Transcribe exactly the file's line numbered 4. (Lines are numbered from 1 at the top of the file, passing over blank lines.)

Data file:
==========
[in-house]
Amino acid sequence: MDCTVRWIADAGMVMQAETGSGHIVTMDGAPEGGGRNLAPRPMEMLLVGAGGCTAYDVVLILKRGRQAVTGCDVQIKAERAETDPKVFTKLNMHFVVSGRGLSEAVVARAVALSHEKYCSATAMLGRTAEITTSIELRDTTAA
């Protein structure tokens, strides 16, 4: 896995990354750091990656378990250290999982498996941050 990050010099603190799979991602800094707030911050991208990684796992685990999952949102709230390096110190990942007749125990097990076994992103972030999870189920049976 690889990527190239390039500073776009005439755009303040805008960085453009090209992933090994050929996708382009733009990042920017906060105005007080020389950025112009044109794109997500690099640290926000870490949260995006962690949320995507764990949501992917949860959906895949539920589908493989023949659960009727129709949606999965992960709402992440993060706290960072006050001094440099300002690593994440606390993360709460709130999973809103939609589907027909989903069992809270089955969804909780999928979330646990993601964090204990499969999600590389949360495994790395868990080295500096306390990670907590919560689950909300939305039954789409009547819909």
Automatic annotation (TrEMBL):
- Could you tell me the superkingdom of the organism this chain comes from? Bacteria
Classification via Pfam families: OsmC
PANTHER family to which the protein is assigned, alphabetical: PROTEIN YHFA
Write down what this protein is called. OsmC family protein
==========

Automatic annotation (TrEMBL):